11. The apparatus of claim 1, wherein the monopole and patch radiating elements are disposed along a corner of a substrate that comprises the grounding metallization or along a lateral edge of a substrate that comprises the grounding metallization.

12. (canceled)

13. The apparatus of claim 1 disposed in a portable communications device and coupled at a feed point of the monopole radiating element to a transceiver.

14. The apparatus of claim 1 wherein said monopole radiating element comprises a non-linear monopole.

15. The apparatus of claim 1 wherein said patch radiating element comprises a plurality of metallization layers.

16. A method comprising providing a substrate defining at least two adjacent edges that form a cutout, wherein the cutout is characterized by the absence of metallization; disposing within the cutout a patch antenna and a monopole antenna such that the patch antenna and monopole antenna are spaced from one another and overlie one another at least in part, and such that the patch antenna is laterally spaced from each of the at least two adjacent edges; and shorting the patch antenna to grounding metallization of the substrate.

17. The method of claim 16, wherein the monopole antenna extends beyond an edge of the patch antenna.

18. The method of claim 16, wherein the monopole antenna is a quarter wavelength antenna and the patch antenna is an eighth wavelength antenna.

19. The method of claim 16, wherein disposing within the cutout comprises disposing the patch antenna on a first surface of a dielectric layer of the substrate that extends across the cutout, and disposing the monopole antenna on an opposed second surface of the dielectric layer.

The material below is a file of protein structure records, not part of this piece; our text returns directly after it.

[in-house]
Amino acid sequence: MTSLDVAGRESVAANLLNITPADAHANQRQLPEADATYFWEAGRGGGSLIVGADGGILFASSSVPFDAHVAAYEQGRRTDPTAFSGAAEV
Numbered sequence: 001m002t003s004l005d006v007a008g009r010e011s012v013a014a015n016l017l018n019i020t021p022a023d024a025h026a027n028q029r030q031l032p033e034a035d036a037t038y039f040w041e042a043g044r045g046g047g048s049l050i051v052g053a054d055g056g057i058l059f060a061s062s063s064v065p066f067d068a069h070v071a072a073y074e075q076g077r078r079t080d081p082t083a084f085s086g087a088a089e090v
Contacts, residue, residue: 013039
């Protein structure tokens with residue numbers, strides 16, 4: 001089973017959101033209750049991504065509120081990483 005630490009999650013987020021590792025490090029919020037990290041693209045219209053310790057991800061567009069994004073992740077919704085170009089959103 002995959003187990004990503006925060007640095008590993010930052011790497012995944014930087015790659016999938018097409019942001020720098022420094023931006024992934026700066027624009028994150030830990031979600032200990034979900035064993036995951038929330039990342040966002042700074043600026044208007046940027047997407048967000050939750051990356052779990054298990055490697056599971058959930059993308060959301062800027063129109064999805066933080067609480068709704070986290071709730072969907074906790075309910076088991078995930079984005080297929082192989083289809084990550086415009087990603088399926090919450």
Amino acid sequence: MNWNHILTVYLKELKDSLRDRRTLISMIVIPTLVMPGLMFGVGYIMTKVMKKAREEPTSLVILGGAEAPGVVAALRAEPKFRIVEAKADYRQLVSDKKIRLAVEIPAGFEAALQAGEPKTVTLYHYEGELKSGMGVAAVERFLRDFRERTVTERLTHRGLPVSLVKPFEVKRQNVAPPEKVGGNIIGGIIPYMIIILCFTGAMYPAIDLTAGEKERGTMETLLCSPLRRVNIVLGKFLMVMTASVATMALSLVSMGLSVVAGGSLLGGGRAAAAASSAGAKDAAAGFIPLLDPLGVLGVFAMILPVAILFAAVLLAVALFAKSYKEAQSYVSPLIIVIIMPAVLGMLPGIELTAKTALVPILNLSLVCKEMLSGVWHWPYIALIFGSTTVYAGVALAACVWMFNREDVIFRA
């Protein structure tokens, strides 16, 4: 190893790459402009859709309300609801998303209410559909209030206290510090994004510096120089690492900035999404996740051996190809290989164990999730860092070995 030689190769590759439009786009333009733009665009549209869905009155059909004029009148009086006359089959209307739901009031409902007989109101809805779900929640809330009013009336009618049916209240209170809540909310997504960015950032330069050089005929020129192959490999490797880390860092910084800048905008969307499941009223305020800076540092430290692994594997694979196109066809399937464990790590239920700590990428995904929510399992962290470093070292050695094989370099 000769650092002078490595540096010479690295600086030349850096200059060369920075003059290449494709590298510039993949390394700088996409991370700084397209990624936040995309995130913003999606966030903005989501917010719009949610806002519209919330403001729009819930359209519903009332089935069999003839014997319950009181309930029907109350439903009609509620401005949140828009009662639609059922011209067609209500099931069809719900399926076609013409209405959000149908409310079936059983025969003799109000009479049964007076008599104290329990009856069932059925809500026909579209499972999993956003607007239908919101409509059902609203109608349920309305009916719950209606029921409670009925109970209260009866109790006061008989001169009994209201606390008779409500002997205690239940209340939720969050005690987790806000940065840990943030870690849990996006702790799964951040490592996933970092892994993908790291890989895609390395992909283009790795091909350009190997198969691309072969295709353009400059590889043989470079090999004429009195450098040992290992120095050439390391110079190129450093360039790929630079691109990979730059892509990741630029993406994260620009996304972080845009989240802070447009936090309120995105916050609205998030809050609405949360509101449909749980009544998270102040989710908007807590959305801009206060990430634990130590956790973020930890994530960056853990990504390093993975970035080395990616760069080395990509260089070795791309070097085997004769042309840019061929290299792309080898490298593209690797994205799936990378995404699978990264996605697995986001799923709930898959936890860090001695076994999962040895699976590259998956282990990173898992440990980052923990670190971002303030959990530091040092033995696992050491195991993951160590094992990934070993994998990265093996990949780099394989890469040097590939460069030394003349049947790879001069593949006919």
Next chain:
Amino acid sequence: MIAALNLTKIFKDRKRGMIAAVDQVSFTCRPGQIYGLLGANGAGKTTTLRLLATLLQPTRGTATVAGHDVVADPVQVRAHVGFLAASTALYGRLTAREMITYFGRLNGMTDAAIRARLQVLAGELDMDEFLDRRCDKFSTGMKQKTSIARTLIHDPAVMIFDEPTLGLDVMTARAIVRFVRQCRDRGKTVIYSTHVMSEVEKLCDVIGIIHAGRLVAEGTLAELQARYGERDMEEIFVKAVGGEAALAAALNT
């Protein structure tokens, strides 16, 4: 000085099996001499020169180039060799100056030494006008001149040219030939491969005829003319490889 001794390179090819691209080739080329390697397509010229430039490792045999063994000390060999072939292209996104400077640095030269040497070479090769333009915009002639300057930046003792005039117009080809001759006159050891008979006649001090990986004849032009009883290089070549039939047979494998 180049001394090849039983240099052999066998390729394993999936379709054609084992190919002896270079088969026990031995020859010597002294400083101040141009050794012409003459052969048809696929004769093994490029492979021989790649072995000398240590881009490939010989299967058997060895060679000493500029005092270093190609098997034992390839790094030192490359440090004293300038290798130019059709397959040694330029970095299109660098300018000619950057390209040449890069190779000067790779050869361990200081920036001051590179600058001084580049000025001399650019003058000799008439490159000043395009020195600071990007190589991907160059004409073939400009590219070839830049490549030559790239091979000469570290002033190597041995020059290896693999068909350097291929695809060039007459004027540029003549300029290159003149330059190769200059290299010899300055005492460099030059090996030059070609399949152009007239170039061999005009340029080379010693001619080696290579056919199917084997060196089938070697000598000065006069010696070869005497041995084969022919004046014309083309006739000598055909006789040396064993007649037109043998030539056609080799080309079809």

20. The method of claim 16, wherein the patch antenna and the monopole antenna are disposed on a second substrate separate from the substrate defining the at least two adjacent edges, and disposing within the cutout comprises disposing the second substrate within the cutout.

21. The method of claim 16 wherein the cutout is located along one of: a corner of the substrate; or along a lateral edge of the substrate, in which the at least two adjacent edges comprise a third edge adjacent to one of the two adjacent edges to form a cutout by at least three edges, and wherein disposing comprises disposing the patch antenna so as to be laterally spaced from each of the at least three edges.

22. (canceled)

23. An apparatus comprising: first antenna means for radiation in a first frequency band; second antenna means, inductively coupled to the first antenna means, for radiation in a second frequency band; and grounding means spaced from lateral edges of the first and second antenna means and shorted to the second antenna means, wherein at least a portion of the first antenna means overlies at least a portion of the second antenna means.